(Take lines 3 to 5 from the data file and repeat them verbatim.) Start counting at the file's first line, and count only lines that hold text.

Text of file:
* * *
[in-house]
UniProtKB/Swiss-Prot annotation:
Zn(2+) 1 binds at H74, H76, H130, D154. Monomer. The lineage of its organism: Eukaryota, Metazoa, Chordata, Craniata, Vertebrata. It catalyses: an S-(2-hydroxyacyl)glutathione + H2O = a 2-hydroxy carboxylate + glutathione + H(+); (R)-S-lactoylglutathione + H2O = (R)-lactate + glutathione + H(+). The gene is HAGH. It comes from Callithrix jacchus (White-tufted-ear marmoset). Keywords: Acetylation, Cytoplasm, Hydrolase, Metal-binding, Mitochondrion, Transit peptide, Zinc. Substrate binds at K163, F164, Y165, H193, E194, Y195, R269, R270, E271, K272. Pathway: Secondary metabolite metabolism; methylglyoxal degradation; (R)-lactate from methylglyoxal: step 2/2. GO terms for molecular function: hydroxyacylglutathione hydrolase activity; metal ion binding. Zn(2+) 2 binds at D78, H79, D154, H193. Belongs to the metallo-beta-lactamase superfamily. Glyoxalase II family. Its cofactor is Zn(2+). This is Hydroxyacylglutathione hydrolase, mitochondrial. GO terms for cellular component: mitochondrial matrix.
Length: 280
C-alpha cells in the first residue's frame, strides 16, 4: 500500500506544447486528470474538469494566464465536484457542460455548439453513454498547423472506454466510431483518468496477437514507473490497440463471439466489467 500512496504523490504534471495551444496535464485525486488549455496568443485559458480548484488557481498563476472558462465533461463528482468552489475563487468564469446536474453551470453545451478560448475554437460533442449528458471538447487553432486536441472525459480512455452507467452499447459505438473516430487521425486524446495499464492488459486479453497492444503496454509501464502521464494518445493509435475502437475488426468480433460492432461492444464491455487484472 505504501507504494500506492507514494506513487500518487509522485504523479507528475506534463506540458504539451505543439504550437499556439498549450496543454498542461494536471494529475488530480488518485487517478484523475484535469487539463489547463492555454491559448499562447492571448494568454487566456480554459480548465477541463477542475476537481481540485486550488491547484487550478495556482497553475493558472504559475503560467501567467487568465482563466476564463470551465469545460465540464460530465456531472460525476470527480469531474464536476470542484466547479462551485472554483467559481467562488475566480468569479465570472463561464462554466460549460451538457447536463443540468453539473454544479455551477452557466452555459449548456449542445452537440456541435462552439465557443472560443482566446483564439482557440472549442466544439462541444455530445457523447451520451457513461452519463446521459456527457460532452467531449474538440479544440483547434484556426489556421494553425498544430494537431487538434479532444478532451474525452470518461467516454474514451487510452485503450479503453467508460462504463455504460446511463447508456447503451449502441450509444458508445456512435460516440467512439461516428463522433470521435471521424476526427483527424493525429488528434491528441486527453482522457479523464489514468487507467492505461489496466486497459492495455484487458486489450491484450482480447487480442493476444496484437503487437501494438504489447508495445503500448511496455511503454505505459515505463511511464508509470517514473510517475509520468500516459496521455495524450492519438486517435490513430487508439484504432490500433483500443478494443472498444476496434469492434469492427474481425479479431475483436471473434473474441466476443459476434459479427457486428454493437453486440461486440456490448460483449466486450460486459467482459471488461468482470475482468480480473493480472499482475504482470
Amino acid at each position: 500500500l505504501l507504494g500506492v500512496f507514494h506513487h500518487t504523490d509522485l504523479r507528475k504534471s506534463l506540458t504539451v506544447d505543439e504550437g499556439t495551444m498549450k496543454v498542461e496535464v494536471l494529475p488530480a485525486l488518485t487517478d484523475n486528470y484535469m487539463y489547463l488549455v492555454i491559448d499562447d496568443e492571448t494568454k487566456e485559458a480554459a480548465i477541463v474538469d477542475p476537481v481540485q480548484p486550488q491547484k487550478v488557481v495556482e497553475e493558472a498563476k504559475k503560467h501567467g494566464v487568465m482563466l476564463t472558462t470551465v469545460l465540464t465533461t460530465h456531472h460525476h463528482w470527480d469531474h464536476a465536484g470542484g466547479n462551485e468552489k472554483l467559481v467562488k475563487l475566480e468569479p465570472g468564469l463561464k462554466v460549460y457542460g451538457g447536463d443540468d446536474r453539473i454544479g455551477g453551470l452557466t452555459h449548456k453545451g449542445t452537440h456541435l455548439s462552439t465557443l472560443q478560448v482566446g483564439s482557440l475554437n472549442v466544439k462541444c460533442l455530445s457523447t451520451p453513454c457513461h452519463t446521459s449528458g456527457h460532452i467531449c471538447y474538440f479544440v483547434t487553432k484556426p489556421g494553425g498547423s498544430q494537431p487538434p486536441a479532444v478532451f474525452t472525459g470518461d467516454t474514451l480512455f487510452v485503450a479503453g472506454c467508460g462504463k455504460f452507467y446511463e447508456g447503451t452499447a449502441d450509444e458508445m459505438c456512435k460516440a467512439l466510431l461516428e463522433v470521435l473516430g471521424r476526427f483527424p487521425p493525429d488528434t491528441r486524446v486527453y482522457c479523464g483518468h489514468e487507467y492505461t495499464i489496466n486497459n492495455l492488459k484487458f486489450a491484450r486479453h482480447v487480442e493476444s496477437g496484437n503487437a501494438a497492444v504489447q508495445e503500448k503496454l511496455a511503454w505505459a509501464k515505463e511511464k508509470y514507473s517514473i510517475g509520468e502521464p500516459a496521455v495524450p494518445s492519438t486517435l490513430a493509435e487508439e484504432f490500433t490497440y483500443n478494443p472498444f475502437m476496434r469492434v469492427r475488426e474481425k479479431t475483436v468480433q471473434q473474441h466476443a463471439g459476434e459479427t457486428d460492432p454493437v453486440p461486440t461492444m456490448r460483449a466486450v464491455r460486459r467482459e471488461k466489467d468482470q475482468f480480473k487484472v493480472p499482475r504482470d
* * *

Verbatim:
Zn(2+) 1 binds at H74, H76, H130, D154. Monomer. The lineage of its organism: Eukaryota, Metazoa, Chordata, Craniata, Vertebrata. It catalyses: an S-(2-hydroxyacyl)glutathione + H2O = a 2-hydroxy carboxylate + glutathione + H(+); (R)-S-lactoylglutathione + H2O = (R)-lactate + glutathione + H(+). The gene is HAGH. It comes from Callithrix jacchus (White-tufted-ear marmoset). Keywords: Acetylation, Cytoplasm, Hydrolase, Metal-binding, Mitochondrion, Transit peptide, Zinc. Substrate binds at K163, F164, Y165, H193, E194, Y195, R269, R270, E271, K272. Pathway: Secondary metabolite metabolism; methylglyoxal degradation; (R)-lactate from methylglyoxal: step 2/2. GO terms for molecular function: hydroxyacylglutathione hydrolase activity; metal ion binding. Zn(2+) 2 binds at D78, H79, D154, H193. Belongs to the metallo-beta-lactamase superfamily. Glyoxalase II family. Its cofactor is Zn(2+). This is Hydroxyacylglutathione hydrolase, mitochondrial. GO terms for cellular component: mitochondrial matrix.
Length: 280
C-alpha cells in the first residue's frame, strides 16, 4: 500500500506544447486528470474538469494566464465536484457542460455548439453513454498547423472506454466510431483518468496477437514507473490497440463471439466489467 500512496504523490504534471495551444496535464485525486488549455496568443485559458480548484488557481498563476472558462465533461463528482468552489475563487468564469446536474453551470453545451478560448475554437460533442449528458471538447487553432486536441472525459480512455452507467452499447459505438473516430487521425486524446495499464492488459486479453497492444503496454509501464502521464494518445493509435475502437475488426468480433460492432461492444464491455487484472 505504501507504494500506492507514494506513487500518487509522485504523479507528475506534463506540458504539451505543439504550437499556439498549450496543454498542461494536471494529475488530480488518485487517478484523475484535469487539463489547463492555454491559448499562447492571448494568454487566456480554459480548465477541463477542475476537481481540485486550488491547484487550478495556482497553475493558472504559475503560467501567467487568465482563466476564463470551465469545460465540464460530465456531472460525476470527480469531474464536476470542484466547479462551485472554483467559481467562488475566480468569479465570472463561464462554466460549460451538457447536463443540468453539473454544479455551477452557466452555459449548456449542445452537440456541435462552439465557443472560443482566446483564439482557440472549442466544439462541444455530445457523447451520451457513461452519463446521459456527457460532452467531449474538440479544440483547434484556426489556421494553425498544430494537431487538434479532444478532451474525452470518461467516454474514451487510452485503450479503453467508460462504463455504460446511463447508456447503451449502441450509444458508445456512435460516440467512439461516428463522433470521435471521424476526427483527424493525429488528434491528441486527453482522457479523464489514468487507467492505461489496466486497459492495455484487458486489450491484450482480447487480442493476444496484437503487437501494438504489447508495445503500448511496455511503454505505459515505463511511464508509470517514473510517475509520468500516459496521455495524450492519438486517435490513430487508439484504432490500433483500443478494443472498444476496434469492434469492427474481425479479431475483436471473434473474441466476443459476434459479427457486428454493437453486440461486440456490448460483449466486450460486459467482459471488461468482470475482468480480473493480472499482475504482470